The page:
We spend a lot of time talking about covers in this business. It’s a given that without a professional looking cover, your chances of a reader picking up your book go way (way, way, way) down. But just like that cutie you took to the Senior Prom, it’s what’s inside that matters most. Inner beauty counts, particularly in book formatting.
Before we move along, though, here’s a spoiler: Layout really isn’t something you need to worry about.
Oh, you’ll want it to be right, obviously. But getting it right doesn’t have to fall on your shoulders. In fact, it’s probably best to stay as hands off as possible.
Let’s take a look at some of the best practices of layout, and see why it might be best to let someone (or something) else handle it.
The world is filled with fonts. We’re kind of font obsessed, really. There are even documentaries about fonts—and they are riveting. But choosing the wrong font can be the quickest way to mark a work as “unprofessional.” They’re tricky—treat them with care.
For the most part, you should consider just keeping your hands off of fonts. Here’s why …
Embedding a font, which is essentially forcing a font on the reader, can lead to issues if the reader needs to resize text. Some fonts may even be difficult for a reader to see clearly—one of the advantages of e-readers has been their ability to adapt for accessibility. Readers who suffer with visual impairment can choose fonts that work best for them.
For print books, the default tends to be a serif font, such as Garamond, which is easier on the eyes and attractive on the page. Readers are accustomed to this—to the point of getting a “weird feeling” when reading a book that uses a sans-serif font (such as Helvetica or Arial).
Most automated eBook conversion or print layout tools, including the free ones at Draft2Digital, fall back on defaults. D2D doesn’t embed fonts in eBook files, for example, and defaults to Garamond for print. This makes things much easier for everyone, but especially for the reader. Which, if we’re going to consider anyone’s opinion, let it be theirs.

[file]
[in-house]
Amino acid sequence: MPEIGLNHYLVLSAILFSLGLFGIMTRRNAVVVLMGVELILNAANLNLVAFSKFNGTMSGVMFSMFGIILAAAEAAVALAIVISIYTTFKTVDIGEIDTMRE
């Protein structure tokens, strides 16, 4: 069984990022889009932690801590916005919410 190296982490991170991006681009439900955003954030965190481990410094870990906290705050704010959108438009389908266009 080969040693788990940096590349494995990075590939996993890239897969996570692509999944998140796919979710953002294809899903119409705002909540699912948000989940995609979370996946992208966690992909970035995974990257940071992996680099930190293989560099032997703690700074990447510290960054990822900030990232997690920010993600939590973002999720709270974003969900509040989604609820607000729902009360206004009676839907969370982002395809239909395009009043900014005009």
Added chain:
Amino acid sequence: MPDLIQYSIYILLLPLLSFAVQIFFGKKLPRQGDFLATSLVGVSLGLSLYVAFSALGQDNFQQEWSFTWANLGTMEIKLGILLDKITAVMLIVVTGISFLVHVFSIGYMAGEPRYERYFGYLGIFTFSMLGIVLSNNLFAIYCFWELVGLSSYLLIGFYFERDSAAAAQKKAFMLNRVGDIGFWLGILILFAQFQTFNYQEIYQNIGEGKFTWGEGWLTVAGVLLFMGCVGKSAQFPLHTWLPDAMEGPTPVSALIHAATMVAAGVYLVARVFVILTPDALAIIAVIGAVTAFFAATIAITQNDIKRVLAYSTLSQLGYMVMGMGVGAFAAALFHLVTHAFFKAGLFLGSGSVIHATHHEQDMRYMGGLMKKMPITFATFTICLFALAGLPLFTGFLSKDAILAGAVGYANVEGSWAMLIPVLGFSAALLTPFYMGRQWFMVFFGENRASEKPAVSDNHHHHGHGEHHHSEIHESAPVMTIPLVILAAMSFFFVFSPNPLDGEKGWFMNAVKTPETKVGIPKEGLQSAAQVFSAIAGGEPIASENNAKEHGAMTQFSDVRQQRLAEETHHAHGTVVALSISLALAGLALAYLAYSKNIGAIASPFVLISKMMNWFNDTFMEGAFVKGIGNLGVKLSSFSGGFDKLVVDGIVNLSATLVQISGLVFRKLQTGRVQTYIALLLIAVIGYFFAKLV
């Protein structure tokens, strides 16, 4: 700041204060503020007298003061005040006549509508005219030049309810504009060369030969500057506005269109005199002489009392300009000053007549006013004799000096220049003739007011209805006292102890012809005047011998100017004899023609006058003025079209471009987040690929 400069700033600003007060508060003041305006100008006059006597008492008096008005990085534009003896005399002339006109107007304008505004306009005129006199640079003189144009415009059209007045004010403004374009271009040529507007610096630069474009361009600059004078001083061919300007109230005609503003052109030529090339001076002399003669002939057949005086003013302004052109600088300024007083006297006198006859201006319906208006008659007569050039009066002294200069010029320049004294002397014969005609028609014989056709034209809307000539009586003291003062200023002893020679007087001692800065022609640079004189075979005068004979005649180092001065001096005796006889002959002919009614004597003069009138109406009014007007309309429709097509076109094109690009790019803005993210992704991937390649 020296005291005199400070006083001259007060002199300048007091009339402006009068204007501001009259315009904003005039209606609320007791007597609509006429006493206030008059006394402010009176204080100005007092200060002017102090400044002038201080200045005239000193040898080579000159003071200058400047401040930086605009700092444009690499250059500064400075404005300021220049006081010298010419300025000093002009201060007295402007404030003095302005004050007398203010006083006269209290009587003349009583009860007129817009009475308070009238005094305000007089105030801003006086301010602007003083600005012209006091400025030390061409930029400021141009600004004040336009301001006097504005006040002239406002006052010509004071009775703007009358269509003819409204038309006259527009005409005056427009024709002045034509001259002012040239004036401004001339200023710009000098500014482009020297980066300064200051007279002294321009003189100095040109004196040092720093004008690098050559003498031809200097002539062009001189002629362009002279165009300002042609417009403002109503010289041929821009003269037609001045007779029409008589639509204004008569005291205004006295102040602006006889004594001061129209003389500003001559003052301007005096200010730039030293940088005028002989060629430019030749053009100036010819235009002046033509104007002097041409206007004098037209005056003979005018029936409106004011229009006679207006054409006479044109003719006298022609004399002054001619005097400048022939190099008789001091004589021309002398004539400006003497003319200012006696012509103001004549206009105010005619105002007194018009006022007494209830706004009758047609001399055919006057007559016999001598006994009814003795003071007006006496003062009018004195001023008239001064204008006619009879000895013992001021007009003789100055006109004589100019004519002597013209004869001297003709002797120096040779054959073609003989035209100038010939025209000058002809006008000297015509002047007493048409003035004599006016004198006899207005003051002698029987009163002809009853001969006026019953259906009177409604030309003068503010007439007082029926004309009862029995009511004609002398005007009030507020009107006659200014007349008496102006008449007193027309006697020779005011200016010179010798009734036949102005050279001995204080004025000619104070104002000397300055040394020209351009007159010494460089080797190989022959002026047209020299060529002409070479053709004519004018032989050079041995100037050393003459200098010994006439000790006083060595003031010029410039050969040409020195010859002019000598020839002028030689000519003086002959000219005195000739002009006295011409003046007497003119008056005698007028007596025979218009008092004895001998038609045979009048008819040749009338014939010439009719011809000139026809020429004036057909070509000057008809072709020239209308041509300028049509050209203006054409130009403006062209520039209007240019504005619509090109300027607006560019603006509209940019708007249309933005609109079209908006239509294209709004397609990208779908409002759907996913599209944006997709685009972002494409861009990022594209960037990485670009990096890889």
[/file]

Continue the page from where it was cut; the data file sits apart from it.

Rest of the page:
In general, your rule of thumb for fonts in layout should be “leave it be.” Get too fancy, and you can instantly mark your book as unprofessional, and turn off potential readers at a glance. In the case of fonts (and layout in general) “invisible and unnoticed” means success.
I know, I know! Drop caps are the holy grail of eBook layout. They’re probably the most requested feature from authors, at least on the layout front. And if I’m being honest, they do have their uses and their appeal.
Drop caps can be used to signal scene or POV changes, but they often only work well in specific genres—romance, historic fiction, and certain types of non-fiction, primarily. They can look kind of cool, it’s true, but they tend to read as very “formal.”
Sometimes, depending on your choice of font (see above), they may even look whimsical and unserious. So the question is, does that fit the tone of your book?
Drop caps can cause spacing issues, which isn’t necessarily a big deal if they only appear at the head of a chapter or scene break. In fact, in those instances, they may offer an advantage, helping to make new scenes obvious, even in the middle of a text-heavy page.
The problem is, they don’t always work across all e-readers and apps. And sometimes, even if they do work, small changes to an app can break them later.
I’ll admit, there’s something kind of quaint about having a drop cap at the head of a chapter, so I won’t fault you for wanting to keep it. I would urge you, though, to consider why you’re using it, and to make sure that ‘why’ lines up with the intention you have for your story and for your audience.
Just like the rules for craft and narrative—if it doesn’t move the story forward, don’t include it. There’s absolutely no data to support the idea that a drop cap actually helped to sell a book, so you probably won’t miss a thing.
Look at any print book and you’ll see a header on every page—usually the author’s name on the left and the book title on the right, for fiction, and the book title on the left and chapter title on the right, for nonfiction.